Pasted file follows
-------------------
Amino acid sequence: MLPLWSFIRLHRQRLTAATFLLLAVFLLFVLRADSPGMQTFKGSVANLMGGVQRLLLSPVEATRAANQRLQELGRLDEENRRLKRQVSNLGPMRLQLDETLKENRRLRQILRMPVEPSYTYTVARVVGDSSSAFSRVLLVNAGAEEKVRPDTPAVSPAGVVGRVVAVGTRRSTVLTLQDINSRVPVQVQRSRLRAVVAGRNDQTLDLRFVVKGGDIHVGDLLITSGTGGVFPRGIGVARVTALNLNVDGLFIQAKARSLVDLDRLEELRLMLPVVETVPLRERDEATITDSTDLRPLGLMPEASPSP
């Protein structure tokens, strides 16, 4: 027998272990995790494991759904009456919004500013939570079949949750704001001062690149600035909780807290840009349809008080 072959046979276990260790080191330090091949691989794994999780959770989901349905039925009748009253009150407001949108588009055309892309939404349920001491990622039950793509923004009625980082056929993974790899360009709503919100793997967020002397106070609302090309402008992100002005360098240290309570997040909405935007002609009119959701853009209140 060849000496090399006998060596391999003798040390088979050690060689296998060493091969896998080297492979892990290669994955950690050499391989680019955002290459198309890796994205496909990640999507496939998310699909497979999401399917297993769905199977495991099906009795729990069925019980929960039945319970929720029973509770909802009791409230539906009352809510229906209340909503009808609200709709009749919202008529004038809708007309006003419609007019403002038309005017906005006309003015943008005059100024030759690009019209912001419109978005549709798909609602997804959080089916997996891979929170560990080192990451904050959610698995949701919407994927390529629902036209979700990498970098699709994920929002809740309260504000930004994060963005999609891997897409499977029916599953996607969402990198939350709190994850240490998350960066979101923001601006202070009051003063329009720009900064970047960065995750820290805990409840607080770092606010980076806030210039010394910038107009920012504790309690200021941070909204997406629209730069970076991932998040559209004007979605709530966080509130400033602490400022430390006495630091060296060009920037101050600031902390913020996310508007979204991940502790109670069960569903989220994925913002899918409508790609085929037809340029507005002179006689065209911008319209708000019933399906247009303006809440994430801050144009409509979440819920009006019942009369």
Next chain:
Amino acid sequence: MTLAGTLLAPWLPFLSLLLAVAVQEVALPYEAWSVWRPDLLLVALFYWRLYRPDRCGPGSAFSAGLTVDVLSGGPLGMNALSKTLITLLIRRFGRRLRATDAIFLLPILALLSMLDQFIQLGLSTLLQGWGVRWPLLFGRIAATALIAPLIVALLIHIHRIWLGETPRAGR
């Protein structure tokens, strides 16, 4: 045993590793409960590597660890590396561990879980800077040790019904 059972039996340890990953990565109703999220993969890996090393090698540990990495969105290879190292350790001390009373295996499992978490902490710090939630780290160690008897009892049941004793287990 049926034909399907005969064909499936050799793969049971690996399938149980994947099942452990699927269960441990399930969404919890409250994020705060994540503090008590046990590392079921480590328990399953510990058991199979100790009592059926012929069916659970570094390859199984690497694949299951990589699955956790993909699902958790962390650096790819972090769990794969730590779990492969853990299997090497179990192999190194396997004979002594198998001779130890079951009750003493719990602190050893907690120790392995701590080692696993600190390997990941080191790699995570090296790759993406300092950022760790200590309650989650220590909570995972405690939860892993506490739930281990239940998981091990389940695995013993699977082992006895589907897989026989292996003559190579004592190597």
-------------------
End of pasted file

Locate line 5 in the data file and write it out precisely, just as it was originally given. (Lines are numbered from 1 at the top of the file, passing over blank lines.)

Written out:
């Protein structure tokens, strides 16, 4: 045993590793409960590597660890590396561990879980800077040790019904 059972039996340890990953990565109703999220993969890996090393090698540990990495969105290879190292350790001390009373295996499992978490902490710090939630780290160690008897009892049941004793287990 049926034909399907005969064909499936050799793969049971690996399938149980994947099942452990699927269960441990399930969404919890409250994020705060994540503090008590046990590392079921480590328990399953510990058991199979100790009592059926012929069916659970570094390859199984690497694949299951990589699955956790993909699902958790962390650096790819972090769990794969730590779990492969853990299997090497179990192999190194396997004979002594198998001779130890079951009750003493719990602190050893907690120790392995701590080692696993600190390997990941080191790699995570090296790759993406300092950022760790200590309650989650220590909570995972405690939860892993506490739930281990239940998981091990389940695995013993699977082992006895589907897989026989292996003559190579004592190597």